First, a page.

The first case of transsexual surgery, a male to female, took place secretly in 1983. Jess Macy Yu of the New York Times wrote: “Cross-dressing and sex-change procedures are not illegal in China, but the Chinese Society of Psychiatry classifies individuals seeking to change their gender as suffering from a mental illness — a judgment many rights advocates seek to change. Rights advocates acknowledge that China has made progress in its treatment of transgender individuals. In 2009, the Health Ministry issued clinical standards for gender reassignment surgery, and several hospitals now offer hormone treatment. [Source: Jess Macy Yu, New York Times, January 27, 2015]

No statistics have been made public on the number of sex change operation performed in China. However, there are enough of them that the Beijing Medical University publishes guidelines for people who want to undergo the surgery, including psychological counseling, hormone treatments and a five year waiting period.

Liana Zhou and Joshua Wickerham wrote in the “Encyclopedia of Sex and Gender: “In China, transgender individuals are generally excluded from the European and North American concept of Gay, Lesbian, Bisexual, Transgender (GLBT) or queer, although transvestitism and drag in gay clubs is not uncommon. Chinese often see transgender people as having a medical condition, whereas homosexuality is more often regarded as a choice or developmental phase. [Source:Liana Zhou and Joshua Wickerham, “Encyclopedia of Sex and Gender: Culture Society History”, Thomson Gale, 2007]

The first sex change operation was reportedly performed in secret in 1983. A doctor at the Beijing Medical University said 26 such operations had been done there as of 1999. Jin Xing, China's first open transsexual, is a big nightclub star in Beijing. She is a former army colonel, prize-winning dancer and choreographer and founder of China's first independent dance troupe. She had her sex change operation in 1995 and became famous in 1996 when her dance troupe was praised for it original pieces exploring love and identity.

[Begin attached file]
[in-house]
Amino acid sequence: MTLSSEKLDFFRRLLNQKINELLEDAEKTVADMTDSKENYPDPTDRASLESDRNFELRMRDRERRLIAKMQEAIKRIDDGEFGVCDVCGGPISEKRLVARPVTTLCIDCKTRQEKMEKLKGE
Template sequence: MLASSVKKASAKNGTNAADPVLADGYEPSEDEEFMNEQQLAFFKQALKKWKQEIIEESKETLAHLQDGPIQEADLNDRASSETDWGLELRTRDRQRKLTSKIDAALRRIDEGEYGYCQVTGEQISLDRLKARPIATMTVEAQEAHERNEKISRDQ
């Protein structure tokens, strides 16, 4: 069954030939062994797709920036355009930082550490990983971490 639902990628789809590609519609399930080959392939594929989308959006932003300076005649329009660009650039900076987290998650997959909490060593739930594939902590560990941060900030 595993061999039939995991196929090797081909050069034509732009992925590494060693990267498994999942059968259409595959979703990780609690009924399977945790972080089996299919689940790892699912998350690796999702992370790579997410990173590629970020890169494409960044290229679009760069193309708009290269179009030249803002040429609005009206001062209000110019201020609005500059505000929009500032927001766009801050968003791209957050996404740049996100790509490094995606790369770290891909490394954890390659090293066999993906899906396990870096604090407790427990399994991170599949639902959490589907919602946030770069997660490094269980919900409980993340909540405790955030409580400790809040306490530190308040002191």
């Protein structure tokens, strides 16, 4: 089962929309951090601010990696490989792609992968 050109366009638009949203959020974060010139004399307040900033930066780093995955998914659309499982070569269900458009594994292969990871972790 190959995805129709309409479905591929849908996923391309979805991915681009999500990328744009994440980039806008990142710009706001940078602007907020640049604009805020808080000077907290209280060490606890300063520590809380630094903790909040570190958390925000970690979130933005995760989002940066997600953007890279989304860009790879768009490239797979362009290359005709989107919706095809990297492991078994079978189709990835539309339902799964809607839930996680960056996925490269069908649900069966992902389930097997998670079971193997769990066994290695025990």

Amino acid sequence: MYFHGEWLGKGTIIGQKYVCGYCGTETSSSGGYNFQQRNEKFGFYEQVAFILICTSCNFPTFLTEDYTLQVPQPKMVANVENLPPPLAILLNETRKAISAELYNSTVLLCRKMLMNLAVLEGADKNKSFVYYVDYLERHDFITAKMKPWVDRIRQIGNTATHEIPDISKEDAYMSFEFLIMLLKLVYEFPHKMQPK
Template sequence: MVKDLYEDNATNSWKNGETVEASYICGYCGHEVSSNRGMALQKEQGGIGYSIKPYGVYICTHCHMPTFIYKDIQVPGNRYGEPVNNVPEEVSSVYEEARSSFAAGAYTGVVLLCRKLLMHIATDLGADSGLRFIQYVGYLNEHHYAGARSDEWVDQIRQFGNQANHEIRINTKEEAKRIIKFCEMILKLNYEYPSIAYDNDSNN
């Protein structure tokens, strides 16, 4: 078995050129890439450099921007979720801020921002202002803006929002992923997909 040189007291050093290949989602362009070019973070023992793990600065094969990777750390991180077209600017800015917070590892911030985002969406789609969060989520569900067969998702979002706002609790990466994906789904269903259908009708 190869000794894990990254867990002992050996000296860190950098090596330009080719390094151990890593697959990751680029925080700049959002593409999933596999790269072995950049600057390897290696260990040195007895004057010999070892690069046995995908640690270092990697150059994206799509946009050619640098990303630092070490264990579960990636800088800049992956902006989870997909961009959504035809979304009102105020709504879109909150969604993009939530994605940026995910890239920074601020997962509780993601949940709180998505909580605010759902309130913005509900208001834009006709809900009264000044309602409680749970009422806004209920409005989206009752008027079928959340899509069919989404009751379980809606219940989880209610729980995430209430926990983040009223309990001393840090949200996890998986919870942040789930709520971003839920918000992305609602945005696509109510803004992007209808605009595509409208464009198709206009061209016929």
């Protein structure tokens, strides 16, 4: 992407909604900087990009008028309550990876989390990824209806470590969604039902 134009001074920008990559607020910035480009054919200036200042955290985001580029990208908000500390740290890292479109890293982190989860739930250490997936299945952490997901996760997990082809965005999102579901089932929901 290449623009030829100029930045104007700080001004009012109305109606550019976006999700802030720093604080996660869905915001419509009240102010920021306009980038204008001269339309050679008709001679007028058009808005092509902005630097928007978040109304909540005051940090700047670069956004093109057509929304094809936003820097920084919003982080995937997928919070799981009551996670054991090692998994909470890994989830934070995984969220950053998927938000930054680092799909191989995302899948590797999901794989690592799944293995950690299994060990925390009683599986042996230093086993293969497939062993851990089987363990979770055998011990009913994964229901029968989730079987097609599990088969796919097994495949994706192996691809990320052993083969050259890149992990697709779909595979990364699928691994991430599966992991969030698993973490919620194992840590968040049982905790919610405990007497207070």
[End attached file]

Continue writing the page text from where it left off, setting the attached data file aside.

According to the “International Encyclopedia of Sexuality”: In early Chinese history, hundreds of males were castrated every year to become eunuchs. Some of these were transsexuals. In other words, transsexuals in the past had a legal option transsexuals do not have in China to day China. [Source: Fang-fu Ruan, M.D., Ph.D., and M. P. Lau, M.D., “International Encyclopedia of Sexuality”, edited by Robert T. Francoeur, Ph.d., and Raymond J. Noonan, PhD., Continuum International Publishing Group, 2004, online at the Kinsey Institute \^/]

Websites and Sources: USA Today piece ; Sex Incidents in China ; Sex Industry ; Chinese sex toy maker lacyshaki.en ; Books: “Sexual Life of Ancient China”, written by Robert van Gulik in the 1920s; “The Illustrated Handbook of Chinese Sex History” by Professor Liu Dalin and “Sex China Studies in Sexology in Chinese Culture” by Fang-ju Juan, The Sexology Research Institute of China is at People's University in Beijing. Sex History and Literature Ancient Sex Culture ; Chinese Sex Literature ; Sex in Ancient China Book Review Prostitution in China : Wikipedia article Wikipedia ; Shanghaiist blog ; Homosexuality in China History of Gay life in China

History of Trangender People in China

Recognition of transsexualism in human society is a relatively recent phenomenon, especially in the closed society of mainland China. In January 1983, with the author’s assistance, the first male-to-female transsexual surgery was performed in the Plastic Surgery Department of the Third Hospital of Beijing Medical University. [Source: Zhonghua Renmin Gonghe Guo, Fang-fu Ruan, M.D., Ph.D., and M.P. Lau, M.D. Encyclopedia of Sexuality =]